Antagonist muscle activity during human forearm movements under varying kinematic and loading conditions

G. M. Karst, Z. Hasan

Research output: Contribution to journalArticlepeer-review

89 Scopus citations


During the performance of unidirectional, single-joint movements it is known that muscle activation is not confined to the agonist, but is generally seen in the antagonist as well, appearing as a burst of antagonist activity if the movement is quite rapid. We have studied the integral over time of antagonist electromyographic activity (Eant) during forearm movements encompassing a wide range of movement speeds, amplitudes and inertial loads, with two intents: first, to provide an empirical description of the dependence of Eant on kinematic and loading parameters which would be valid over a several hundred-fold range of Eant; and second, to test the hypothesis that Eant is related to the torque necessary for braking the movement. With respect to the first aim, we found that for all subjects Eant was correlated with a simple algebraic expression dependent upon peak velocity, movement amplitude and total moment of inertia, when each of these movement parameters was varied either singly or in combination. Although a more complex algebraic expression, in which exponents for each parameter were optimized for a given subject, provided marginally better correlations with Eant, we prefer the simpler expression on the grounds that it provides similar correlations without requiring a different form for each subject. With respect to the second aim of the study, the braking hypothesis was supported by the fact that the simple expression could be interpreted as representing the average net torque required for braking. However, in experiments in which an external torque was provided to assist in braking, antagonist muscle activity was not reduced as much as would be expected if provision of braking torque was the sole function of antagonist activity. We conclude that: (1) antagonist activity varies with kinematic parameters and inertial load in accordance with the requirements for braking the limb, but (2) the activity may in fact provide a multiple of the torque that is required for braking alone, with excess activity presumably offset by concurrent agonist activity. Possible roles of such cocontraction are discussed.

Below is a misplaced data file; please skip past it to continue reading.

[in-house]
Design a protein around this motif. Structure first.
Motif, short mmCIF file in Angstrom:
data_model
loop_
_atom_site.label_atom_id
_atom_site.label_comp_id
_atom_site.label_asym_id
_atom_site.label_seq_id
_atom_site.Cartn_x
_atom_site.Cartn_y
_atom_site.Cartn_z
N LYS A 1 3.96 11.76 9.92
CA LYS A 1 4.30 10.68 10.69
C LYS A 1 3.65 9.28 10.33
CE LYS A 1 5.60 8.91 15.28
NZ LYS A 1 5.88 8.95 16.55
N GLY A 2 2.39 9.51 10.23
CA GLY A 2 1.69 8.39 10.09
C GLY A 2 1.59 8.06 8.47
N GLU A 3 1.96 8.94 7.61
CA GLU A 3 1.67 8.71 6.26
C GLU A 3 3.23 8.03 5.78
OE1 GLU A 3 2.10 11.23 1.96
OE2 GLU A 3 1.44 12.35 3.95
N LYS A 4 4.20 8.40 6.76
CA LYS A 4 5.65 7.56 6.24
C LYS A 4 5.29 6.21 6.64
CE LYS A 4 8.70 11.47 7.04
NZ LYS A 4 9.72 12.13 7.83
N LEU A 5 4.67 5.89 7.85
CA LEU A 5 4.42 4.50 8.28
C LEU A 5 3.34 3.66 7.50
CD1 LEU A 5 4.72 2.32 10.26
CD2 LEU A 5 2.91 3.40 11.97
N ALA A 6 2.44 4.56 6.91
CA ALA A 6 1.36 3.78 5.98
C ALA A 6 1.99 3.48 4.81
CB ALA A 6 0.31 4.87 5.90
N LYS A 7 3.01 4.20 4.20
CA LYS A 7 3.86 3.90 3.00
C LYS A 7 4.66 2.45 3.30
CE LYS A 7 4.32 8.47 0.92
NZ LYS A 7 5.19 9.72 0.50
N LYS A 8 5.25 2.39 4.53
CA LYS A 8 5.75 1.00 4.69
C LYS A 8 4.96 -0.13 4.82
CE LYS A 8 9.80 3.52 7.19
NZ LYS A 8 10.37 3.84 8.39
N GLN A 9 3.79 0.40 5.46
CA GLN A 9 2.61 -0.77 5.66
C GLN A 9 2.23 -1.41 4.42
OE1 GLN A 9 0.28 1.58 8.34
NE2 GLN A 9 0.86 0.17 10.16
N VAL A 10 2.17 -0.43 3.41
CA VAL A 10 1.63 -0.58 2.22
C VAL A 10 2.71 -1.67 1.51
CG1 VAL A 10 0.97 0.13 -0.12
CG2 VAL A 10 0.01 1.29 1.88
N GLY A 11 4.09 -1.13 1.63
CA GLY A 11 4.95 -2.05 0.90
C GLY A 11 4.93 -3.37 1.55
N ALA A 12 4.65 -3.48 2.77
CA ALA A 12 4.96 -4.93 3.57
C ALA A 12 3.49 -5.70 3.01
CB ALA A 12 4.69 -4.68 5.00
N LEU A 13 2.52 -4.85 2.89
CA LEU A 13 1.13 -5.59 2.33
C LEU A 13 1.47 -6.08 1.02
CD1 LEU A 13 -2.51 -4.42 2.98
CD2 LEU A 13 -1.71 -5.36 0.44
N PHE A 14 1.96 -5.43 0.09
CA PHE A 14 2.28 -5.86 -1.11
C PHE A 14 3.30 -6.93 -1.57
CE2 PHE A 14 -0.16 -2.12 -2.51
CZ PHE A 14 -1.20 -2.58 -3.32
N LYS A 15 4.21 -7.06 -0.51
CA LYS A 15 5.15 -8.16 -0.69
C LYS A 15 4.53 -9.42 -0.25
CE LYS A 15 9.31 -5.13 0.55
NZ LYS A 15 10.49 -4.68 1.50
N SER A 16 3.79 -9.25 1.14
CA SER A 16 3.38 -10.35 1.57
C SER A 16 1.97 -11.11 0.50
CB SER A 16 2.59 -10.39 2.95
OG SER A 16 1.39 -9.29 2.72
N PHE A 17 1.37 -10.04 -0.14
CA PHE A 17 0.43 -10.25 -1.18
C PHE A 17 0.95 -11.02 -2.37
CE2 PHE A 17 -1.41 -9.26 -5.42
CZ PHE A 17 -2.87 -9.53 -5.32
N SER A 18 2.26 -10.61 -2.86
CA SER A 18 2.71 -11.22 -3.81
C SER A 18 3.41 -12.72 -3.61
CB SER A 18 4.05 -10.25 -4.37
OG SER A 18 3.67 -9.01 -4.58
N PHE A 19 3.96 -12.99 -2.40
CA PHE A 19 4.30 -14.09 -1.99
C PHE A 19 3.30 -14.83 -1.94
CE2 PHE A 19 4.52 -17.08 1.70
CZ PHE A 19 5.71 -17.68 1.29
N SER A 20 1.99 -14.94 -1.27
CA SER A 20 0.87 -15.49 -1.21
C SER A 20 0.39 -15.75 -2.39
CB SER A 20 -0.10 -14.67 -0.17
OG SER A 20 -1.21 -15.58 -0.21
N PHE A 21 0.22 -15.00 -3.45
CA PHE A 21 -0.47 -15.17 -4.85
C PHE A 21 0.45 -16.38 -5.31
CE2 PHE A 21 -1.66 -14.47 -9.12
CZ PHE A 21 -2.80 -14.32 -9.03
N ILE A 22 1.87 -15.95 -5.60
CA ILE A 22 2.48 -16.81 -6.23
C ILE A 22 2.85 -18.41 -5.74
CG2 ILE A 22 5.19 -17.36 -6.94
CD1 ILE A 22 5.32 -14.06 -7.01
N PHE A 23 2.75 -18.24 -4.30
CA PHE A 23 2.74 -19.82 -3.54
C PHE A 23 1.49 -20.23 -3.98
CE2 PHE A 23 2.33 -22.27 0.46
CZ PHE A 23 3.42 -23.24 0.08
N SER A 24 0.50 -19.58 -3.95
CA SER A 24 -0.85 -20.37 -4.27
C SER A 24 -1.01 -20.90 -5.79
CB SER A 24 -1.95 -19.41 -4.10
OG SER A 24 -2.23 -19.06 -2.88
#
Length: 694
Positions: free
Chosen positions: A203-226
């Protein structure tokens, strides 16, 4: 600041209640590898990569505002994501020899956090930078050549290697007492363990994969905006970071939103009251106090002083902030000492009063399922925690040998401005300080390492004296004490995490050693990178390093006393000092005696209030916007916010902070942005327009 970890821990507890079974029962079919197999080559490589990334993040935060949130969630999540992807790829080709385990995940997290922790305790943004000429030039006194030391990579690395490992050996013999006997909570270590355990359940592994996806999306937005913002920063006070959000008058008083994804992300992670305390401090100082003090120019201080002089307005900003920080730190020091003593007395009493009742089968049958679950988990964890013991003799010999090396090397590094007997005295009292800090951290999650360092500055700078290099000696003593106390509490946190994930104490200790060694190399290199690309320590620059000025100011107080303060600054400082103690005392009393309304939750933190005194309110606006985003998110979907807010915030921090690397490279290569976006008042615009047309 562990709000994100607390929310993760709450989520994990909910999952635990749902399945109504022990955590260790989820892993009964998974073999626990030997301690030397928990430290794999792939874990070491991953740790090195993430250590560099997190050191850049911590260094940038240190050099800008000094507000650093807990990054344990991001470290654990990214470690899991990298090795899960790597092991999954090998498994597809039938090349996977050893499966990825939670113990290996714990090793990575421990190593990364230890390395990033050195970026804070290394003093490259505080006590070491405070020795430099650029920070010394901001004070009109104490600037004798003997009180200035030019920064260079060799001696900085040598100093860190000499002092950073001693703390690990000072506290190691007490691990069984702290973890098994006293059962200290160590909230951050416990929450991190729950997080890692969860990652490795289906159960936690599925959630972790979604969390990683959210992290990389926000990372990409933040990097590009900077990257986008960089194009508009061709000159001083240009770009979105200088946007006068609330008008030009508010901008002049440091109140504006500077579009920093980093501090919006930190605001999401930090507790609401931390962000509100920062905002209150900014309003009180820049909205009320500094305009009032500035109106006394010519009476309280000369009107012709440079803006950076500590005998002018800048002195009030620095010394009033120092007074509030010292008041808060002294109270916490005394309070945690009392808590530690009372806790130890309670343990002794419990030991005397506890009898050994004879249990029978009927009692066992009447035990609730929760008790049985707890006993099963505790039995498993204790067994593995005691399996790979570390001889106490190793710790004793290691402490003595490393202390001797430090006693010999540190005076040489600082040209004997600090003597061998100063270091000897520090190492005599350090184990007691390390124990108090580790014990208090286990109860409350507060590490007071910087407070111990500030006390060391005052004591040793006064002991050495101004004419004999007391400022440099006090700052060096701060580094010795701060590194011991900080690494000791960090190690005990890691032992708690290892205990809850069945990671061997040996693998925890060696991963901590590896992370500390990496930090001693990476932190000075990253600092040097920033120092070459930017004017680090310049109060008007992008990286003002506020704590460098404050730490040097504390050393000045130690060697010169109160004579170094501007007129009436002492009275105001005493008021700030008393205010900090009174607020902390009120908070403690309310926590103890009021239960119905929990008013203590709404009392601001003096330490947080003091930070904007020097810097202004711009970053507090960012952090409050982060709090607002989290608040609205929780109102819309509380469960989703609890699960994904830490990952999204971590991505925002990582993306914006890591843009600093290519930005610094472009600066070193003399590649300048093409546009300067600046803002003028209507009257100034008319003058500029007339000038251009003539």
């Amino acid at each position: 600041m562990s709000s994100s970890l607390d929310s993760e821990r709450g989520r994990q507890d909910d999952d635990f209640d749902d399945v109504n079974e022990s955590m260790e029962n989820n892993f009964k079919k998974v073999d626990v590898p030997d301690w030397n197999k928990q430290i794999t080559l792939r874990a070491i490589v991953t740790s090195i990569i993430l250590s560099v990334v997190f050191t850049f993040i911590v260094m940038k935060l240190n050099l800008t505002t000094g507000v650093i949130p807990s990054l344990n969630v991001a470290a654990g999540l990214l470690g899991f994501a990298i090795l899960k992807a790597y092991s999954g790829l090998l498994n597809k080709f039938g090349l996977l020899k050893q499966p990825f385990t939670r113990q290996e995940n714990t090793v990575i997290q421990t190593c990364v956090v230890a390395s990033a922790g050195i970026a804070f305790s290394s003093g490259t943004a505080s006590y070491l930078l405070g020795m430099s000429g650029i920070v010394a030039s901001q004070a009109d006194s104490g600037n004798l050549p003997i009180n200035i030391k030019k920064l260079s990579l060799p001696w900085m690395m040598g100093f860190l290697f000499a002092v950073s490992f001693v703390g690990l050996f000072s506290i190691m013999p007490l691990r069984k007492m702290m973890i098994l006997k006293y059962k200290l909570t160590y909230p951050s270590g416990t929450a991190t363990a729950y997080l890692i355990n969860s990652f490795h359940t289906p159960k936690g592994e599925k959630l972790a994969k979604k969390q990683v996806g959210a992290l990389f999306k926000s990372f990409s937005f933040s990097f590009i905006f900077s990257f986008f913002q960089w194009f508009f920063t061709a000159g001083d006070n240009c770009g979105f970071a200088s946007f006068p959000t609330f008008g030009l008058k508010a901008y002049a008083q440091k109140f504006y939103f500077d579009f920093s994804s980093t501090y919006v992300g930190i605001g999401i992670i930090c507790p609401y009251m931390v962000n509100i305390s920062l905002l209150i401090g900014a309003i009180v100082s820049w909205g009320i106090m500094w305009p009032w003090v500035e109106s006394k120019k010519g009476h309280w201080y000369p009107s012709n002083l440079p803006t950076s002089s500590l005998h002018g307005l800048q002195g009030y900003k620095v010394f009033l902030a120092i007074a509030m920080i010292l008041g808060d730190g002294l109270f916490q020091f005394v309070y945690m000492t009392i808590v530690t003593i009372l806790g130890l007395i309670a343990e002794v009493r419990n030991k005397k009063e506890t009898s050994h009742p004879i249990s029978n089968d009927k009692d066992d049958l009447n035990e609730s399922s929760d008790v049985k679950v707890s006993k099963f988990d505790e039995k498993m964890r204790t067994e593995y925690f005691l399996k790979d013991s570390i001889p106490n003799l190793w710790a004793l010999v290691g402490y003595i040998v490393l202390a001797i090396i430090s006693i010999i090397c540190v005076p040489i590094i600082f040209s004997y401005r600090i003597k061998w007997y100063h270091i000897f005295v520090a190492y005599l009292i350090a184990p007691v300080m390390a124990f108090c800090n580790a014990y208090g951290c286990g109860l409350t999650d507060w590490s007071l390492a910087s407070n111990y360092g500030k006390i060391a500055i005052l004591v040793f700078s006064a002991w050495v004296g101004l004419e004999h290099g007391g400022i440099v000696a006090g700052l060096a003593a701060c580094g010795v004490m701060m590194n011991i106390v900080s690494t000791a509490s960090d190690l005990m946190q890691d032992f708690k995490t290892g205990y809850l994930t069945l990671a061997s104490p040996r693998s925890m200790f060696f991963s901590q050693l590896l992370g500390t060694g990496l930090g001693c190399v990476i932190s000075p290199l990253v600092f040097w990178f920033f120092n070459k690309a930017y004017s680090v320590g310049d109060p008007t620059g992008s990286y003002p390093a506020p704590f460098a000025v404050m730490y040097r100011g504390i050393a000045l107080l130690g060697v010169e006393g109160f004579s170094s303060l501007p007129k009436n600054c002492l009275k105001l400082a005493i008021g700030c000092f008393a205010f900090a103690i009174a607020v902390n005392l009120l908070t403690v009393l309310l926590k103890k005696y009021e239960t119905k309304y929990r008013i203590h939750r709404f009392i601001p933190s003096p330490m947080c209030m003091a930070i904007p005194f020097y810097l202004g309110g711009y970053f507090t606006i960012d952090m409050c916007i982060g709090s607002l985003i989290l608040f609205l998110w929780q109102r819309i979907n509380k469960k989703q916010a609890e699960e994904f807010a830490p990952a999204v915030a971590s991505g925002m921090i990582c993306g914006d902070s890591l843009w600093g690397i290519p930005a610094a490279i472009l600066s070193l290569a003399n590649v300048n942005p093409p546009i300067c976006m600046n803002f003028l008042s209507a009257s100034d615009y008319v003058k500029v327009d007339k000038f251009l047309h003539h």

Original languageEnglish (US)
Pages (from-to)391-401
Number of pages11
JournalExperimental Brain Research
Issue number2
StatePublished - Jul 1987


  • Antagonist muscle
  • Braking hypothesis
  • EMG
  • Inertial loads
  • Voluntary movement

ASJC Scopus subject areas

  • General Neuroscience


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